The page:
Blending Perspectives and Building Common Ground. Discretionary Grant Programs


The Adoption Opportunities Program eliminates barriers to adoption and helps to find permanent families for children who would benefit by adoption, particularly children with special needs.  The five major program areas, as mandated by the legislation, are:  (1) the development and implementation of a national adoption and foster care data gathering and analysis system; (2) the development and implementation of a national adoption information exchange system; (3) the development and implementation of an adoption training and technical assistance program; (4) increasing the placements in adoptive families of minority children who are in foster care and have the goal of adoption with a special emphasis on recruitment of minority families; and (5) post-legal adoption services for families who have adopted children with special needs.  A total of $25 million will be distributed through this program in FY1999.

The Child Welfare Training Program upgrades the skills and qualifications of child welfare workers through their participation, full-time or part-time, in programs focused specifically on child welfare services.  Discretionary grants are awarded to public and private non-profit institutions of higher learning to develop and improve education/training programs and resources for child welfare service providers.  The FY1999 funding level for these activities is $7 million.

The Child Welfare Research and Demonstration Program strengthens the family as the primary agent responsible for the developmental needs of children and youth.  The Administration for Children, Youth and Families funds research, demonstration, dissemination, utilization and technical assistance activities in four basic areas:  child welfare, child care, youth development, and child and family development.  The resources budgeted for these four areas address the needs and problems confronting some of the most vulnerable children and families in the country:  children in foster care, children in need of adoptive homes, children from poor families who require child care, and vulnerable youth who are runaways or homeless.  No funds have been appropriated for this program since Fiscal Year 1995.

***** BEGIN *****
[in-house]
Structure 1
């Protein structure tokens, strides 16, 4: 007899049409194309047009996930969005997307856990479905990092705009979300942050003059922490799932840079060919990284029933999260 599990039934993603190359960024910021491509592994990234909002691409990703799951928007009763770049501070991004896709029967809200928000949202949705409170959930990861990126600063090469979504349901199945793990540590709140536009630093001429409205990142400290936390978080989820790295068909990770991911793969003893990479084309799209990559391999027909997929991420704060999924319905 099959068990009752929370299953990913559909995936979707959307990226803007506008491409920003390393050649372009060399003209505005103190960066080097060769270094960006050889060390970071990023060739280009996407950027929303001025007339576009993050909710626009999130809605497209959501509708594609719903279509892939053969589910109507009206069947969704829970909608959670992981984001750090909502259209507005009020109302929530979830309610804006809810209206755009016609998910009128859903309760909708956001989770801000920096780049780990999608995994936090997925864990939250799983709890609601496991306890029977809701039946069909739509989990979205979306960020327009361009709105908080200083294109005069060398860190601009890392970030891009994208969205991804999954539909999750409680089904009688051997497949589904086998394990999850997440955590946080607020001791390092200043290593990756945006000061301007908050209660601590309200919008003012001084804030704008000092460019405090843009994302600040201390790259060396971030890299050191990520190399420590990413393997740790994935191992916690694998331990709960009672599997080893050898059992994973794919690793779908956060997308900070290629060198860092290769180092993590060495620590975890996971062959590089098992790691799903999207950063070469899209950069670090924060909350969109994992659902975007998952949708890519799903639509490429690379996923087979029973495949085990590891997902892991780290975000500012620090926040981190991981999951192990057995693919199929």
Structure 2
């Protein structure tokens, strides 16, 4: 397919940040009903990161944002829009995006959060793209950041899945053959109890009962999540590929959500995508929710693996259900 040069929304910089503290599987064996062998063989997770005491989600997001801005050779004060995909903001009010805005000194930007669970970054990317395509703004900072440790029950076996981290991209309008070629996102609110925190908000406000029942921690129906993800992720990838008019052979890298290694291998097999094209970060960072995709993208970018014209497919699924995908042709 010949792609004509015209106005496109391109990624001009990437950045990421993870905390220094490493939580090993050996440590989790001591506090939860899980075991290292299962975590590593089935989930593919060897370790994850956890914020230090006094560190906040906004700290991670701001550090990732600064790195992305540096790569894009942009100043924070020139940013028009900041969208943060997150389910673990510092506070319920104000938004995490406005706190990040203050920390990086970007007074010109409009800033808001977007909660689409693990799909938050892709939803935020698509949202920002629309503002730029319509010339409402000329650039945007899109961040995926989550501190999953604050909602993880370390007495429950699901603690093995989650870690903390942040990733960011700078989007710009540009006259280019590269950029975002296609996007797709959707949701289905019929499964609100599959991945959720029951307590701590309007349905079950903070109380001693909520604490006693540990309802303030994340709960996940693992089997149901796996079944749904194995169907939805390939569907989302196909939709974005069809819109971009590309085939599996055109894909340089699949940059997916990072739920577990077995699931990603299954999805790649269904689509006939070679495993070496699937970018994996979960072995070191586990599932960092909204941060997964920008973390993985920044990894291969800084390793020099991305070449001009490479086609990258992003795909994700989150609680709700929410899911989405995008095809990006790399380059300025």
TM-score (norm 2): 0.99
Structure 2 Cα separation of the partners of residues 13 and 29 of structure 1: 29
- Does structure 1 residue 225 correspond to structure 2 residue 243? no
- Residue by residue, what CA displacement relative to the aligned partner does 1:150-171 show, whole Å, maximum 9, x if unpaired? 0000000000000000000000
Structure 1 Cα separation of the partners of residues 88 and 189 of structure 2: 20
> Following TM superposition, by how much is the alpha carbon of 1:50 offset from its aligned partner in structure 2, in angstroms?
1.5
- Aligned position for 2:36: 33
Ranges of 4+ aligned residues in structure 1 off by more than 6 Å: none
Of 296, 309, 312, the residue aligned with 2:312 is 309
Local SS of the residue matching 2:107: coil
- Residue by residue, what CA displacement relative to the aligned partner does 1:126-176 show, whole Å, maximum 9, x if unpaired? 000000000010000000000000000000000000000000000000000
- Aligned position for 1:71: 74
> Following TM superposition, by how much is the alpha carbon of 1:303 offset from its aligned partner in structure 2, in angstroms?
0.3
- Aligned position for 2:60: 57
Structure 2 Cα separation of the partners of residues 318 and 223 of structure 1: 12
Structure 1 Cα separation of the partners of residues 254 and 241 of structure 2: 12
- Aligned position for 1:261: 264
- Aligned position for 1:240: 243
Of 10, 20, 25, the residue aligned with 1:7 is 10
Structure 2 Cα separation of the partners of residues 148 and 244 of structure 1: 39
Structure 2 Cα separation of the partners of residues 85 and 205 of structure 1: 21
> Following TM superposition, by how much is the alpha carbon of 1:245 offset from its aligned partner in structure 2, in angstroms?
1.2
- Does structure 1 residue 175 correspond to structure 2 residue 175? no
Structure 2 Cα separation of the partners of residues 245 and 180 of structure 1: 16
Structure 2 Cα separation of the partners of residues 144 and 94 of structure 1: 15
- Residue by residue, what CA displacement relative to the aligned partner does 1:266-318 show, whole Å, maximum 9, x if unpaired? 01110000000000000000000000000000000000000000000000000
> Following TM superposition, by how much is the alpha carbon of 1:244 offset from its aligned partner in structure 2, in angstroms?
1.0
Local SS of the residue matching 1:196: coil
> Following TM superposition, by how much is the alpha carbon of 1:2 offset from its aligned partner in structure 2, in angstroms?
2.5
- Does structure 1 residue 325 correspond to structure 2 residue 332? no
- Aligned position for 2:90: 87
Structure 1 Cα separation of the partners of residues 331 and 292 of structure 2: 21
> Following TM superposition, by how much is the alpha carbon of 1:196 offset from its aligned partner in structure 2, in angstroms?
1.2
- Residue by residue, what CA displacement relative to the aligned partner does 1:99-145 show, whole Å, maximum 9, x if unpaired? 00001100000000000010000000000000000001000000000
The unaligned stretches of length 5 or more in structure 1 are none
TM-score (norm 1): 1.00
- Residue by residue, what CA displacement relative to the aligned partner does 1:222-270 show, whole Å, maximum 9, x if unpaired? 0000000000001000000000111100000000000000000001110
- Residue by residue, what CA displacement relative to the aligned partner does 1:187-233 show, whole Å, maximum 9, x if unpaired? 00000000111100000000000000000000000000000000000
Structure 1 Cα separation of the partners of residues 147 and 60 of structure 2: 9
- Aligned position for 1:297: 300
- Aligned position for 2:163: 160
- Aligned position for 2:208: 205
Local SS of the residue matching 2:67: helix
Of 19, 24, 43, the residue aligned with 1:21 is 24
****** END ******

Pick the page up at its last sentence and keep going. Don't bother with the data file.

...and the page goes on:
The Abandoned Infants Assistance Program is intended for development, implementation and operation of projects to demonstrate how to (1) prevent abandonment; (2) identify and address needs of abandoned infants, especially those with AIDS; (3) assist these children to reside with their natural families if possible, or in foster care; (4) recruit, train and retain foster parents; (5) carry out residential care programs for abandoned children and children with AIDS; (6) establish programs of respite care for families and foster families; (7)recruit and train health and social services personnel to work with families, foster families and residential care staff.  Grants are made to public and nonprofit private entities.  This program has enjoyed stable funding of $12.25 million per year for a number of years.

The Child Abuse Prevention & Treatment Act Research and Demonstration Projects are funds which support research on the causes, prevention, and treatment of child abuse and neglect; demonstration programs to identify the best means of preventing maltreatment and treating troubled families; and the development and implementation of training programs.  Grants for these projects are provided nationwide on a competitive basis to state and local agencies and organizations.  Projects have focused on every aspect of the prevention, identification, investigation, and treatment of child abuse and neglect.  In FY 1999, approximately $14.2 million in discretionary funds will be awarded to support new and continuing research and demonstration grants, as well as evaluation, technical assistance and information dissemination activities.